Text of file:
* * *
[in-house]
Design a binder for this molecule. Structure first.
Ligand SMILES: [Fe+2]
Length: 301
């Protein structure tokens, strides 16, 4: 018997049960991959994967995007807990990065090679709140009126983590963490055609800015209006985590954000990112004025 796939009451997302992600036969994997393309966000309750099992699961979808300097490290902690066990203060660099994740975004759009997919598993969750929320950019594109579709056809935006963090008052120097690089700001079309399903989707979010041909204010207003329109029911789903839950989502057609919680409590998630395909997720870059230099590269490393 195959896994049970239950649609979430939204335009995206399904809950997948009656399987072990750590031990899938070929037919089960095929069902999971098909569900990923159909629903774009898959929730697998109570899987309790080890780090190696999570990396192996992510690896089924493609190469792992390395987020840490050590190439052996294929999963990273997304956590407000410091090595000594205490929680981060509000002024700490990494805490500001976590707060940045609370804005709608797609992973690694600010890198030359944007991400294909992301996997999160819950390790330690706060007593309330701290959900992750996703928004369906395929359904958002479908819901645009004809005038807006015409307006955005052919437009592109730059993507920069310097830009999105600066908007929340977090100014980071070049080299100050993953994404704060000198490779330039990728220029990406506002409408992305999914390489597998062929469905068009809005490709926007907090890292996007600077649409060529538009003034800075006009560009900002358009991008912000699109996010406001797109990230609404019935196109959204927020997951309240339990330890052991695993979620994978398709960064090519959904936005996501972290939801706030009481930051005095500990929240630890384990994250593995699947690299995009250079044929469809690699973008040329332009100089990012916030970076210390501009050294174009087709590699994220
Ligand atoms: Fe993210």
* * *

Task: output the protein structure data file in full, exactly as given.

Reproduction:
[in-house]
Design a binder for this molecule. Structure first.
Ligand SMILES: [Fe+2]
Length: 301
């Protein structure tokens, strides 16, 4: 018997049960991959994967995007807990990065090679709140009126983590963490055609800015209006985590954000990112004025 796939009451997302992600036969994997393309966000309750099992699961979808300097490290902690066990203060660099994740975004759009997919598993969750929320950019594109579709056809935006963090008052120097690089700001079309399903989707979010041909204010207003329109029911789903839950989502057609919680409590998630395909997720870059230099590269490393 195959896994049970239950649609979430939204335009995206399904809950997948009656399987072990750590031990899938070929037919089960095929069902999971098909569900990923159909629903774009898959929730697998109570899987309790080890780090190696999570990396192996992510690896089924493609190469792992390395987020840490050590190439052996294929999963990273997304956590407000410091090595000594205490929680981060509000002024700490990494805490500001976590707060940045609370804005709608797609992973690694600010890198030359944007991400294909992301996997999160819950390790330690706060007593309330701290959900992750996703928004369906395929359904958002479908819901645009004809005038807006015409307006955005052919437009592109730059993507920069310097830009999105600066908007929340977090100014980071070049080299100050993953994404704060000198490779330039990728220029990406506002409408992305999914390489597998062929469905068009809005490709926007907090890292996007600077649409060529538009003034800075006009560009900002358009991008912000699109996010406001797109990230609404019935196109959204927020997951309240339990330890052991695993979620994978398709960064090519959904936005996501972290939801706030009481930051005095500990929240630890384990994250593995699947690299995009250079044929469809690699973008040329332009100089990012916030970076210390501009050294174009087709590699994220
Ligand atoms: Fe993210």